Maintaining privacy whilst online is essential in avoiding  and fraud. Apart from these risks, however, there is personal information about you which you undoubtedly do not want to reveal to certain other people.

It is surprisingly easy to inadvertently give away your personal information online, especially when prompted to do so by an email, on social networking sites or on company websites requesting information which they do not necessarily need to do business with you.

In addition, certain organisations hold information about you which enables you to carry out transactions with them. These include government departments such as health data, financial institutions such as banks, building societies and insurance companies, retailers, search engines … the list is virtually endless. They are all subject to the General Data Protection Regulation (GDPR), but you still need to be vigilant about their use of your data.
The risks
  • Identity theft
  • Blackmail/extortion
  • Defamation of character
  • Unsolicited selling and marketing
  • People using awareness of your activities and movements to act against you
  • Employers using the information to exploit you
How your privacy can be compromised
  • Unencrypted email and most website interactions can be monitored, including by your employer and your .
  • Via phishing – where an illicit email prompts you to click on a link to a bogus website which will collect your private or financial information.
  • Via vishing (short for ‘voice phishing’), where fraudsters call you either on the phone or in person, to collect your private or financial information.
  • Using unsecured  networks – both in the home/office and when out and about.
  • Using unencrypted links for sensitive communications (for example not using a  to connect to the office).
  • Not using secure websites when banking or making online payments, including those for purchases.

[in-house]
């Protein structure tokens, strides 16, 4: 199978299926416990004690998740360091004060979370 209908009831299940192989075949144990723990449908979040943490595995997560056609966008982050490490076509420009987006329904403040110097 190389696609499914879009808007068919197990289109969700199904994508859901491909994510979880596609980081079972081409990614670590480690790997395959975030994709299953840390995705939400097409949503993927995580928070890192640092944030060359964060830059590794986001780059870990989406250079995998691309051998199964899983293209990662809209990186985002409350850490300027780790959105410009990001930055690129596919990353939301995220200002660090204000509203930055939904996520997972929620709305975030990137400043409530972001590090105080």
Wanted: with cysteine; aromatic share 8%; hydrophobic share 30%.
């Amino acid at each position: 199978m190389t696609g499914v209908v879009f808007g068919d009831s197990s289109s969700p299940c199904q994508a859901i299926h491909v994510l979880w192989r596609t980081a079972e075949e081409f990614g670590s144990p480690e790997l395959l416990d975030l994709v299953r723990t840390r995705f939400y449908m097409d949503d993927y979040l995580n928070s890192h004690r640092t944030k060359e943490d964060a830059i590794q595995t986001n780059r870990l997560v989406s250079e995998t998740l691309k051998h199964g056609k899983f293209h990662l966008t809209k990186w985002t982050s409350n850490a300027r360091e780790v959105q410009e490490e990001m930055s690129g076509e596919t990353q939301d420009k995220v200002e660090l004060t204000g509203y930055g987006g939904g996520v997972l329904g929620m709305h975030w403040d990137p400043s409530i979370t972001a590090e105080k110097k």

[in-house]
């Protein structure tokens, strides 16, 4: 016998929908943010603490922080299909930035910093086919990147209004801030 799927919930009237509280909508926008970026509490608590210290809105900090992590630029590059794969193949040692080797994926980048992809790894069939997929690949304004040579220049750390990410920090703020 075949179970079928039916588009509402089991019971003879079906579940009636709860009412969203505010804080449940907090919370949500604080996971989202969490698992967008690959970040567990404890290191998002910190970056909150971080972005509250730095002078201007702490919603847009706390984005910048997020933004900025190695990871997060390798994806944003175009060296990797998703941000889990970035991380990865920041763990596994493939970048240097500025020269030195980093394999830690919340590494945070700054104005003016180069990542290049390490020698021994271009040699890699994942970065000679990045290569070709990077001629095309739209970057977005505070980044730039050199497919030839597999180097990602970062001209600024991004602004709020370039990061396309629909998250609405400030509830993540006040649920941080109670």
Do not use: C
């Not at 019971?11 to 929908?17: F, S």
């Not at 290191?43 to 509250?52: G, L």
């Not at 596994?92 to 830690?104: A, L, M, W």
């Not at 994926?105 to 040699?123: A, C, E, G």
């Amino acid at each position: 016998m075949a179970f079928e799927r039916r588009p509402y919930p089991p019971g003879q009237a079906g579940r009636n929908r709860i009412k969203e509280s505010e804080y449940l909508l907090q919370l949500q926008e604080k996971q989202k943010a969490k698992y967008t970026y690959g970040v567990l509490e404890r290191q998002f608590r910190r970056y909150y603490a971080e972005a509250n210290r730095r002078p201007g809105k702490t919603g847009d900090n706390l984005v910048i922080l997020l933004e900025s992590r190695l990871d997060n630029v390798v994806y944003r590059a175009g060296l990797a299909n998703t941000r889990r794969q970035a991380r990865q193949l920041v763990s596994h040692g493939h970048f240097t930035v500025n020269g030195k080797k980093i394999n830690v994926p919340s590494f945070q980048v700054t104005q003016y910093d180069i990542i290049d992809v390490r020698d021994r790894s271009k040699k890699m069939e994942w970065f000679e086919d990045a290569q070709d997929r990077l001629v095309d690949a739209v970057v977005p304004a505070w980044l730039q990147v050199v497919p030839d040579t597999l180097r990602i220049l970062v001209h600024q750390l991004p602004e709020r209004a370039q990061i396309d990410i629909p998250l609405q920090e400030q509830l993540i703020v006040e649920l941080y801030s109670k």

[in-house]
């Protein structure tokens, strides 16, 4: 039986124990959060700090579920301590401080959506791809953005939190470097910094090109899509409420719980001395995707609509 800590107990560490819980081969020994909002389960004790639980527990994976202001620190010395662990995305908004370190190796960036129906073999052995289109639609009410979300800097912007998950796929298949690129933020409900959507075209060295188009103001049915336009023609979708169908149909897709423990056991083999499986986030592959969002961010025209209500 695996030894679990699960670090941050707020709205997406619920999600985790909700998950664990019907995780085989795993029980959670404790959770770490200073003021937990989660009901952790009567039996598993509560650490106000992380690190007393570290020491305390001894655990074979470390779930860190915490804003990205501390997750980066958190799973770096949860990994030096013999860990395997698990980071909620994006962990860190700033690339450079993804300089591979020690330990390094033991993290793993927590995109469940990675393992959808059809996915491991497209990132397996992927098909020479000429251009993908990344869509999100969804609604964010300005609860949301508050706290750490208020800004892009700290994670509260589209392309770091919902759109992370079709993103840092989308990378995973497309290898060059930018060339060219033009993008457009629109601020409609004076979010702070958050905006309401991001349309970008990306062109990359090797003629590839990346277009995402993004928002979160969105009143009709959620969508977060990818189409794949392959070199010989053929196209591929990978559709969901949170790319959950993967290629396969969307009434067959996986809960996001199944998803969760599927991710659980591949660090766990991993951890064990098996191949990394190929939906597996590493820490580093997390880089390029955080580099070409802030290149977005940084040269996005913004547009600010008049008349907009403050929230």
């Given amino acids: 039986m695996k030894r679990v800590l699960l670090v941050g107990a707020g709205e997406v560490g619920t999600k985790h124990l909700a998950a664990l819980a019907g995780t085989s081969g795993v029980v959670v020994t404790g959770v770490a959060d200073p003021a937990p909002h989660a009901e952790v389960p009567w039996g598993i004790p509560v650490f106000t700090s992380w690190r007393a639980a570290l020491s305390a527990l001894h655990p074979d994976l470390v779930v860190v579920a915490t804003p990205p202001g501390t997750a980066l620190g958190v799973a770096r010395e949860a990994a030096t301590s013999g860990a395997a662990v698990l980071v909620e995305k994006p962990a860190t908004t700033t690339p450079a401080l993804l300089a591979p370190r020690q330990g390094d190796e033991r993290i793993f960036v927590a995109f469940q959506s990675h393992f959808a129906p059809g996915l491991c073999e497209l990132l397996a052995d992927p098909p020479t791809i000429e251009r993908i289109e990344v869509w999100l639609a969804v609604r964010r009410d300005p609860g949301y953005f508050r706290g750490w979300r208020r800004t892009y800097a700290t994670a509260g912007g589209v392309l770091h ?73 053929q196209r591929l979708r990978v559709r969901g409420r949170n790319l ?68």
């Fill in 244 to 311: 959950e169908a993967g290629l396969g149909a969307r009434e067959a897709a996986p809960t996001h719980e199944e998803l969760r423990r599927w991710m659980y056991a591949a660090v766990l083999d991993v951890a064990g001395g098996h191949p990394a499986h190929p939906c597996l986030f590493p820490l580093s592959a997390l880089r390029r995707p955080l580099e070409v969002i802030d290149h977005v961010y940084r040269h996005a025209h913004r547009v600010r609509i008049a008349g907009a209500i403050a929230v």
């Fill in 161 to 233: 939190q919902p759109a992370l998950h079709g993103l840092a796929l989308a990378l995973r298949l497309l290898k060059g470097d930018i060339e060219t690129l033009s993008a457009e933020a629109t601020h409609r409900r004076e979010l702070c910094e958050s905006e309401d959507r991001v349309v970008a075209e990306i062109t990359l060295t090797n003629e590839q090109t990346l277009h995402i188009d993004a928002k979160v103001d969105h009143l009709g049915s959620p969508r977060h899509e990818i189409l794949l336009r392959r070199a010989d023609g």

• Not using strong passwords, not regularly changing passwords, not using passwords at all or revealing passwords to other people.
  • Not using a secure email or webmail account.
  • Using a work email account for personal email.
  • Staying logged in to a website or email account when the computer/smartphone/tablet is going to be used by somebody else.
  • Via spyware and viruses, including those that log your keystrokes to determine your online activity.
  • Via physical keystroke loggers attached to the keyboard cable.
  • Not storing personal or financial documents securely.
  • Not shredding unwanted personal or financial documents.
  • Being taken into people’s confidence too easily.
Maintaining your privacy
  • Ensure you always have effective and updated antivirus/antispyware software running.
  • In a public or work environment, check your computer physically for any unusual devices that may be plugged in, especially on the keyboard cable.
  • Use secure websites when shopping or banking online.
  • Log out of secure websites when you have finished your transaction, as closing the window may not automatically log you out of the site.
  • Use strong passwords, change your passwords regularly and never reveal them to other people.
  • Avoid using a work email address for personal use. Instead, have a separate, private email address for private business.
  • Make sure your home/office  network is secured.
  • Store personal and financial documents securely.
  • Shred unwanted personal or financial documents.
  • Be careful to whom you disclose personal information.
  • Where possible, avoid using your real name online.
  • Be cautious about who is trying to befriend you online including via email and social networks/dating sites.
  • Be wary of disclosing personal information on a work or personal web site.
  • Use a disposable, anonymous webmail account for websites that demand an email address to register.
  • Set clear guidelines for children about when and how they can reveal information.